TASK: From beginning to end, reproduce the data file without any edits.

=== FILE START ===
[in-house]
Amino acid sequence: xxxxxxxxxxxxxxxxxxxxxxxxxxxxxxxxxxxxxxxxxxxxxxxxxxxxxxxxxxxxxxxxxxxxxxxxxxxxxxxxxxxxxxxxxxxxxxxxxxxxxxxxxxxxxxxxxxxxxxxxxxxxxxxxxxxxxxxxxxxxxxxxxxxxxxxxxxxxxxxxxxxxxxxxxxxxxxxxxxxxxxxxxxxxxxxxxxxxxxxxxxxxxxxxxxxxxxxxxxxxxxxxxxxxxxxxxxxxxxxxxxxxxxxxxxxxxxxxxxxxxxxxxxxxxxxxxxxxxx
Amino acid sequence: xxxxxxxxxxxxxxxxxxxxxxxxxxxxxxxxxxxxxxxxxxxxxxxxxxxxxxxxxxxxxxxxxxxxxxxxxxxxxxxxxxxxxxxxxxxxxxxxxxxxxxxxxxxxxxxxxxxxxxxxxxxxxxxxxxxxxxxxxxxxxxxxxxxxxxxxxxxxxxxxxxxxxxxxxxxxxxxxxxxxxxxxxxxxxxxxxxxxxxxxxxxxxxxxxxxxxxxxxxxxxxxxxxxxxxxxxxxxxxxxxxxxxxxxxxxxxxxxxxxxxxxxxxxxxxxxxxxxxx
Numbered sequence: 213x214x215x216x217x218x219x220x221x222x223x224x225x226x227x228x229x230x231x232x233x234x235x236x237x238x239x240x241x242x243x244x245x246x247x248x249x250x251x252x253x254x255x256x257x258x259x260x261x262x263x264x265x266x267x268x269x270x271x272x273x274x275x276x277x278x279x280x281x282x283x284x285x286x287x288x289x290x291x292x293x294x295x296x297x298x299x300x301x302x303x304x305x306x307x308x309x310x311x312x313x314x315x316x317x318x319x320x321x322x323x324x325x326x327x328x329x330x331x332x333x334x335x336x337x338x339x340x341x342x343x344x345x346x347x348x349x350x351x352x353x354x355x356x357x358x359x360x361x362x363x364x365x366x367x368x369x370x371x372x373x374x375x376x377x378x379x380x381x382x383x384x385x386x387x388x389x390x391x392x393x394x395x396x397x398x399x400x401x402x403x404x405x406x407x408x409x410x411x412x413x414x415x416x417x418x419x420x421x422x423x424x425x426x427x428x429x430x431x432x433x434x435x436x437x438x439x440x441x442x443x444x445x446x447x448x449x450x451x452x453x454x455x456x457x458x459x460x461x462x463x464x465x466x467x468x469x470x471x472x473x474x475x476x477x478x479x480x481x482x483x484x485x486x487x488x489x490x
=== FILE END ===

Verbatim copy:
[in-house]
Amino acid sequence: xxxxxxxxxxxxxxxxxxxxxxxxxxxxxxxxxxxxxxxxxxxxxxxxxxxxxxxxxxxxxxxxxxxxxxxxxxxxxxxxxxxxxxxxxxxxxxxxxxxxxxxxxxxxxxxxxxxxxxxxxxxxxxxxxxxxxxxxxxxxxxxxxxxxxxxxxxxxxxxxxxxxxxxxxxxxxxxxxxxxxxxxxxxxxxxxxxxxxxxxxxxxxxxxxxxxxxxxxxxxxxxxxxxxxxxxxxxxxxxxxxxxxxxxxxxxxxxxxxxxxxxxxxxxxxxxxxxxxx
Amino acid sequence: xxxxxxxxxxxxxxxxxxxxxxxxxxxxxxxxxxxxxxxxxxxxxxxxxxxxxxxxxxxxxxxxxxxxxxxxxxxxxxxxxxxxxxxxxxxxxxxxxxxxxxxxxxxxxxxxxxxxxxxxxxxxxxxxxxxxxxxxxxxxxxxxxxxxxxxxxxxxxxxxxxxxxxxxxxxxxxxxxxxxxxxxxxxxxxxxxxxxxxxxxxxxxxxxxxxxxxxxxxxxxxxxxxxxxxxxxxxxxxxxxxxxxxxxxxxxxxxxxxxxxxxxxxxxxxxxxxxxxx
Numbered sequence: 213x214x215x216x217x218x219x220x221x222x223x224x225x226x227x228x229x230x231x232x233x234x235x236x237x238x239x240x241x242x243x244x245x246x247x248x249x250x251x252x253x254x255x256x257x258x259x260x261x262x263x264x265x266x267x268x269x270x271x272x273x274x275x276x277x278x279x280x281x282x283x284x285x286x287x288x289x290x291x292x293x294x295x296x297x298x299x300x301x302x303x304x305x306x307x308x309x310x311x312x313x314x315x316x317x318x319x320x321x322x323x324x325x326x327x328x329x330x331x332x333x334x335x336x337x338x339x340x341x342x343x344x345x346x347x348x349x350x351x352x353x354x355x356x357x358x359x360x361x362x363x364x365x366x367x368x369x370x371x372x373x374x375x376x377x378x379x380x381x382x383x384x385x386x387x388x389x390x391x392x393x394x395x396x397x398x399x400x401x402x403x404x405x406x407x408x409x410x411x412x413x414x415x416x417x418x419x420x421x422x423x424x425x426x427x428x429x430x431x432x433x434x435x436x437x438x439x440x441x442x443x444x445x446x447x448x449x450x451x452x453x454x455x456x457x458x459x460x461x462x463x464x465x466x467x468x469x470x471x472x473x474x475x476x477x478x479x480x481x482x483x484x485x486x487x488x489x490x